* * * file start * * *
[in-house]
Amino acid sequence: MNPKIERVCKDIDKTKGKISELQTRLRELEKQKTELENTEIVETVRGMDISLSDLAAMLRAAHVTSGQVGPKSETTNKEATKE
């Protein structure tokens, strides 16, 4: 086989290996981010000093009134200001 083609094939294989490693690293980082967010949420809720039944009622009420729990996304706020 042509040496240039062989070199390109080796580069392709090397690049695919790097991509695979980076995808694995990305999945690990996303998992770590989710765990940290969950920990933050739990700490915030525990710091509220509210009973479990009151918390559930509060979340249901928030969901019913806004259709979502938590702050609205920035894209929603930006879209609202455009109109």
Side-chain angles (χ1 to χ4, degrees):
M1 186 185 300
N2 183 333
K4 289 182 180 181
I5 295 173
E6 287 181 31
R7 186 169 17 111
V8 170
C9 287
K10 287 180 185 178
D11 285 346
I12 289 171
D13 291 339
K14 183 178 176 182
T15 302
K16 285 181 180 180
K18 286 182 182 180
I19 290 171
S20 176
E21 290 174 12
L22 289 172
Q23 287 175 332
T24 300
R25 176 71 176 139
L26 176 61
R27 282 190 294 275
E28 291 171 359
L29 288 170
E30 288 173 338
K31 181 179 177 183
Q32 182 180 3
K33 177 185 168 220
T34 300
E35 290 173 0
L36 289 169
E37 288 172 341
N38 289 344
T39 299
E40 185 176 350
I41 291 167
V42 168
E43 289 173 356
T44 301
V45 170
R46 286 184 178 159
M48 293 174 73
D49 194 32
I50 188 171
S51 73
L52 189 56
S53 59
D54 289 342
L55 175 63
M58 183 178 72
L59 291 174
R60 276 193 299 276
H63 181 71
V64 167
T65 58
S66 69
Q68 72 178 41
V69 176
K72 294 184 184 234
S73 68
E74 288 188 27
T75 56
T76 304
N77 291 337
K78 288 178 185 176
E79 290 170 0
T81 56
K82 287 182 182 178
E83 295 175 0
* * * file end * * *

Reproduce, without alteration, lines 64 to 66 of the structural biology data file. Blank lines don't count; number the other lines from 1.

Q68 72 178 41
V69 176
K72 294 184 184 234